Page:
Streets of Old Luang Prabang


Old Luang Prabang


We had 3 separate stays in LP. The first 3 nights we stayed at the Mekong Sunset Hotel, a small guesthouse overlooking the Mekong. We walked around a lot, visited the main Wats, night market and cute shops. The best of all was certainly the authentic French bakeries. Sarah and I could not have enough croissants and baguettes. In fact, we returned to the same Le Banetton bakery, our favorite, twice in 3 days.  We left LP and went to the Elephant Conservation Center in Sayaboury (separate blog) for 2 days. Our second stay in LP was at the nice Sala Prabang, also overlooking the Mekong. We did a jewelry making class that the kids enjoyed and had our anniversary dinner at the French restaurant L’Elephant. We also woke up at dawn one morning to watch the procession of monks collecting alms. We took a tuk-tuk to the Kuang Si waterfalls and it was certainly worth the visit. Everyone (but me) went swimming at the refreshingly blue waters. Our third stay in LP was a bit shorter and only for one night. Yet, we managed to go back to our favorite bakery again and Louisa did a silk dyeing class. Luang Prabang is one of those places where you arrive and want to stay longer. 1 week is not even enough to see everything. Its a place to come, relax and appreciate the slow pace of life.


Le Banetton bakery


Monks at the Mekong


Silk Dyeing class


The student




Siem Reap, Cambodia ⎮ A Day at the Temples…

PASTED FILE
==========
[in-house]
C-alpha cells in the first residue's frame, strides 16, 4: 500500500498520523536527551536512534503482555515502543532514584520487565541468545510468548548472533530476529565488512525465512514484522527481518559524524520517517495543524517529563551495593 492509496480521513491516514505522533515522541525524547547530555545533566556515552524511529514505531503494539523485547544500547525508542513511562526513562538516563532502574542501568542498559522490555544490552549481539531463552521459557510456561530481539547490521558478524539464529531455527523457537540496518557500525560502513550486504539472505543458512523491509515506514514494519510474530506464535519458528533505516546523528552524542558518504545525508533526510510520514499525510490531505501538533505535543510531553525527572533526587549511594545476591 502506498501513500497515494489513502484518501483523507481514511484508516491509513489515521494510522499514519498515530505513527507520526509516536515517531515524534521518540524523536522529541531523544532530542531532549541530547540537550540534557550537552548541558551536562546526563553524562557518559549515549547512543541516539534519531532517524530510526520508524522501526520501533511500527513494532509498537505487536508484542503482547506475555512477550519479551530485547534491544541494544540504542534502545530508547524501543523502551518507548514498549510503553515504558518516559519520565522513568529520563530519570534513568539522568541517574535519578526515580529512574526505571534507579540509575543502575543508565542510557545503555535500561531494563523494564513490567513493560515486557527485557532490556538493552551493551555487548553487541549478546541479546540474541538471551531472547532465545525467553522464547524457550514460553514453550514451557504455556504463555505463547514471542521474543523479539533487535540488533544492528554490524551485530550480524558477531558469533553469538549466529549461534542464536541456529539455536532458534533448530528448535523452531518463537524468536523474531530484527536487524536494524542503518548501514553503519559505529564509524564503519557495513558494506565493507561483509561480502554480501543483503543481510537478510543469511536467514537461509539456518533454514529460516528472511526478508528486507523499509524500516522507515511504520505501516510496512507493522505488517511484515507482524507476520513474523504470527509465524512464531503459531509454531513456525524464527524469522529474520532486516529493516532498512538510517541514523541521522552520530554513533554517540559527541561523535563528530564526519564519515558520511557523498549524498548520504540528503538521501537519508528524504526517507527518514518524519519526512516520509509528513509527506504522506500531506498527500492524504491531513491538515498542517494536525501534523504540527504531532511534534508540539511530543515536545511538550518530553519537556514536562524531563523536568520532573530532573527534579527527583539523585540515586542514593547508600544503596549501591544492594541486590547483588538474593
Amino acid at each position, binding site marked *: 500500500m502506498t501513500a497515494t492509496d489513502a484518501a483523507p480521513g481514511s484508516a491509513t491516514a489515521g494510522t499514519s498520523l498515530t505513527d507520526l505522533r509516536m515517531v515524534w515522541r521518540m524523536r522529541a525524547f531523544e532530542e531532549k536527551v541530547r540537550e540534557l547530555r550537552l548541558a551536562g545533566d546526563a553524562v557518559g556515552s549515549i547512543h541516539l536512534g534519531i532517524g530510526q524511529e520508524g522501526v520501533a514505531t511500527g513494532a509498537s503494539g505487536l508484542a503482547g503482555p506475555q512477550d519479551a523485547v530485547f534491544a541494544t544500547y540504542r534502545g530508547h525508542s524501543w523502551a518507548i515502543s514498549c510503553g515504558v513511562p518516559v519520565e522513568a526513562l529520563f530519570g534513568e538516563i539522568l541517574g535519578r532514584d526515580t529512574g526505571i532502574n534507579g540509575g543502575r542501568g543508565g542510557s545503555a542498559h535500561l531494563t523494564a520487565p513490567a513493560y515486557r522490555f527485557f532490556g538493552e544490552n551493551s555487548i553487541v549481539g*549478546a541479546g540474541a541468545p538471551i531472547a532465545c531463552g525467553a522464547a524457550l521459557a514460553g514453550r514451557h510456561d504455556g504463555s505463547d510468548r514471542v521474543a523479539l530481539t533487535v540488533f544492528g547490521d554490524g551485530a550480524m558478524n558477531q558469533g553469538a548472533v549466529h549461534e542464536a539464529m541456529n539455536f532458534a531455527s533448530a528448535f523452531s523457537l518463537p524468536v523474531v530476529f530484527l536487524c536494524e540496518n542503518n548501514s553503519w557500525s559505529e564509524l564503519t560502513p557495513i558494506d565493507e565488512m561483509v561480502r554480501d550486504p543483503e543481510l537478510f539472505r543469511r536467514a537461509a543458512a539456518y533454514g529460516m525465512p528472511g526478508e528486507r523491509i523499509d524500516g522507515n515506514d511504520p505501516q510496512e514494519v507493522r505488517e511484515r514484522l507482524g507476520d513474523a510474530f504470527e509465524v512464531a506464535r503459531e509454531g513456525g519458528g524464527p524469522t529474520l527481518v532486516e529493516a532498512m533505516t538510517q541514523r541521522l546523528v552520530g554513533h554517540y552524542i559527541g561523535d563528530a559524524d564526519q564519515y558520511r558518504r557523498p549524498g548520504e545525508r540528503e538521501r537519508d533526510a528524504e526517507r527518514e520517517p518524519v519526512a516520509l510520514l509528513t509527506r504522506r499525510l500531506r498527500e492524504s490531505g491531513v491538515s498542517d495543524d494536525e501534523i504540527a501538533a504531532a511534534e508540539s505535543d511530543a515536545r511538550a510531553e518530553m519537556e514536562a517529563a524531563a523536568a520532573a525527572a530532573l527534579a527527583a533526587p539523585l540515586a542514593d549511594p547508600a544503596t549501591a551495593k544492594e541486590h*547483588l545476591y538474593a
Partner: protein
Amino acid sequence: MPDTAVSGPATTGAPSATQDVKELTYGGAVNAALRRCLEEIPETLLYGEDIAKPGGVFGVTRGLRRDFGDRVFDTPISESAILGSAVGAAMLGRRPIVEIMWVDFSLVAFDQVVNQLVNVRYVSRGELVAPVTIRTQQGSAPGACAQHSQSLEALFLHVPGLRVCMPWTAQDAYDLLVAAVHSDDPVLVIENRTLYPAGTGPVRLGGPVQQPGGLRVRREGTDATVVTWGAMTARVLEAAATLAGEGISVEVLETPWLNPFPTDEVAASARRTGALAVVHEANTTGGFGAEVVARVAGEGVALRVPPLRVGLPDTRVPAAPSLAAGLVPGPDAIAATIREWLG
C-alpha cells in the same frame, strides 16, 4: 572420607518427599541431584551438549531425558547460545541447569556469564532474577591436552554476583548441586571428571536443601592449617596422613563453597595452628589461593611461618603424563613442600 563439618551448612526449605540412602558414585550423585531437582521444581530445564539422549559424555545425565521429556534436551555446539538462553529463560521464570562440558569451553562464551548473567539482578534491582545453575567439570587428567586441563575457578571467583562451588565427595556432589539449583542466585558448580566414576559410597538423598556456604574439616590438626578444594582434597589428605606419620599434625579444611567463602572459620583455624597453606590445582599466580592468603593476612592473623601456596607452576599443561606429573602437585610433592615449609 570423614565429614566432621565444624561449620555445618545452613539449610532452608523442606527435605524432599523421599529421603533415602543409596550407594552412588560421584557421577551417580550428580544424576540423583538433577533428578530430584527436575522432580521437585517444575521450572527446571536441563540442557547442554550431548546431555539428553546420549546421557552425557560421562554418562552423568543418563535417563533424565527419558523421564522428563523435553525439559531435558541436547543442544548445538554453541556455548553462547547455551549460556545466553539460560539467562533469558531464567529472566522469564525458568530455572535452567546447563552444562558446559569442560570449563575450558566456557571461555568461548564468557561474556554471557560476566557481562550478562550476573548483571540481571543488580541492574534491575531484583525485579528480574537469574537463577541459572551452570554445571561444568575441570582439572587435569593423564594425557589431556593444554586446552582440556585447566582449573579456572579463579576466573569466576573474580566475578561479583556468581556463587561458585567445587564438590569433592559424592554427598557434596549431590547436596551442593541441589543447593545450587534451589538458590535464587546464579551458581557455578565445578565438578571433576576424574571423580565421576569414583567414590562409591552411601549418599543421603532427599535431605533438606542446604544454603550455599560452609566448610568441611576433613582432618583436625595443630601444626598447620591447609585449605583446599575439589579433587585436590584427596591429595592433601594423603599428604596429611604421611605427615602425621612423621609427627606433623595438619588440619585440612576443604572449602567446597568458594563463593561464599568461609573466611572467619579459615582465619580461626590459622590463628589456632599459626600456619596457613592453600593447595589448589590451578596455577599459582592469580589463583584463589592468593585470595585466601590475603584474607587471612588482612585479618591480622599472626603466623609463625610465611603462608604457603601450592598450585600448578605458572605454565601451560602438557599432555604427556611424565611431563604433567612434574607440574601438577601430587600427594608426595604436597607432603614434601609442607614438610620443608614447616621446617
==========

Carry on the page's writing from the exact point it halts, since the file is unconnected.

Okay, to start off this blog, Dad made me do it! Alright, maybe I was happy to get assigned to do an educational blog. This was a pretty awesome day to begin with, and I really enjoyed all the temple viewing. It is quite tiring though!

We visited multiple small temples and saved the largest, Angkor Wat, for last.(which Sebastian will be educating you on) But before I start my portion, here is a little fun fact that was in my World History class.


Fun Fact!

Did you now it took over 600 years to build Angkor Wat? It is also the largest Hindu temple in the world! Pretty cool!


Before telling you all about the temples we visited, let me provide you some knowledge on Hinduism. It is okay, you can trust me. I just learned about this in World History.

Hinduism is a religion originated in India. To be specific, with the Aryan peoples in the Indus Valley. It is the largest religion in India and considered 3rd largest in the world. Today, about 80% of Indians are Hindu. One of the projects I did for my World History class involved the caste system. This is one of the beliefs in Hinduism. It is a social structure used to organize society. The Hindus worship many gods. There is one main god, Brahma, but Hindus worship millions of other gods separately including Saraswati, Lakshmi, and Ganesh. You may have heard of these gods before. A major belief that the Hindus have is reincarnation. This is the belief that a person is reborn after their death. They also believe in karma which is if a person does good deeds, they will be awarded in the next life. Maybe by being in a higher class in the caste system. Karma also relates to a person doing bad deeds being punished in the next life. Possibly by being in a lower class in the caste system or even a slug!

Now that you have some background knowledge on Hinduism, let me tell you about the temples of Siem Reap.